by Daniel Green

A Girl is a Half-Formed Thing – Eimear McBride

If the prose style we encounter is initially resistant to our usual expectations, it acquires its own kind of clarity in advancing the narrative.

Beautiful Soul – Joshua Corey

Beautiful Soul, in its scrupulous attention to phrase and image in almost every sentence, could be called an attempt to bring the characters and their milieu to life through the vigor of the words on the page.

The Blazing World – Siri Hustvedt

If conceptual art often reduces the experience of art to the contemplation of the idea that the art serves to bring into focus, The Blazing World settles for the ideas leading to the ideas leading to the art whose existence must remain imaginary.

Praying Drunk – Kyle Minor

The book is caught between the impulse to evoke the culture and struggles of the Bible Belt and what seems like a retroactive concern with aesthetic design.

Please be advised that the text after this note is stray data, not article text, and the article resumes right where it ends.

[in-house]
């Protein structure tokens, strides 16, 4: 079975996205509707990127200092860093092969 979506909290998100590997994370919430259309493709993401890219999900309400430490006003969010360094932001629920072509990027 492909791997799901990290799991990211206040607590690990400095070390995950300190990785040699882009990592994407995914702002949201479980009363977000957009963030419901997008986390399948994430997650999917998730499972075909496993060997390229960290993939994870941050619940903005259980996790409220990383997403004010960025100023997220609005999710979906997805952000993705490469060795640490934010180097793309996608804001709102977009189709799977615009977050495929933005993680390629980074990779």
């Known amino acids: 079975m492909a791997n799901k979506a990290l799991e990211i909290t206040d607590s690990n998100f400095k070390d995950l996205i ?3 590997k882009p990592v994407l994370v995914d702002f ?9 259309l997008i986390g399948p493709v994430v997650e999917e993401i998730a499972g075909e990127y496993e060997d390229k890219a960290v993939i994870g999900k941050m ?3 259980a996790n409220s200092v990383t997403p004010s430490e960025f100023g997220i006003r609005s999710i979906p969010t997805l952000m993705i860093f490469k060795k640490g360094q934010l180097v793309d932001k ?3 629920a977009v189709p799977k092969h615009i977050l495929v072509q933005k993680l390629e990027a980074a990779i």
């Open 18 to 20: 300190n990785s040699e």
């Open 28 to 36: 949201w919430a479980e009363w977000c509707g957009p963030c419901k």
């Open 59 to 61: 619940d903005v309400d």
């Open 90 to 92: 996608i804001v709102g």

Storm Still – Peter Handke

It is not uncommon in discussions of Peter Handke’s work for both Handke and literary critics to refer to a “text” of his rather than to a novel, a play, or a memoir.

Hawthorn and Child – Keith Ridgway

Hawthorn and Child is a fundamentally conventional work of fiction, with arguably the imposed tension between reading it as a novel and reading it a series of short stories the sole adventurous feature.

Bleeding Edge – Thomas Pynchon

Ultimately Bleeding Edge is not so much “minor” Pynchon as it is a kind of synthetic replica of a Thomas Pynchon novel, all the more disappointing because it was written by Pynchon himself.

Cannonball – Joseph McElroy

A difficult novel should be difficult because it prompts us to reexamine our facile assumptions, not because it’s boring.

Benediction – Kent Haruf

Benediction sets out to do what old-fashioned realism, at its best, took as its central ambition, to portray life as lived, without the kind of artificial distortions that would make it seem either better or worse than the actuality itself allows.

Percival Everett by Virgil Russell – Percival Everett

At its best, Everett’s self-reflexive mockery and abrasive humor closely approach the line separating productive ridicule and mere negation, but don’t quite cross it.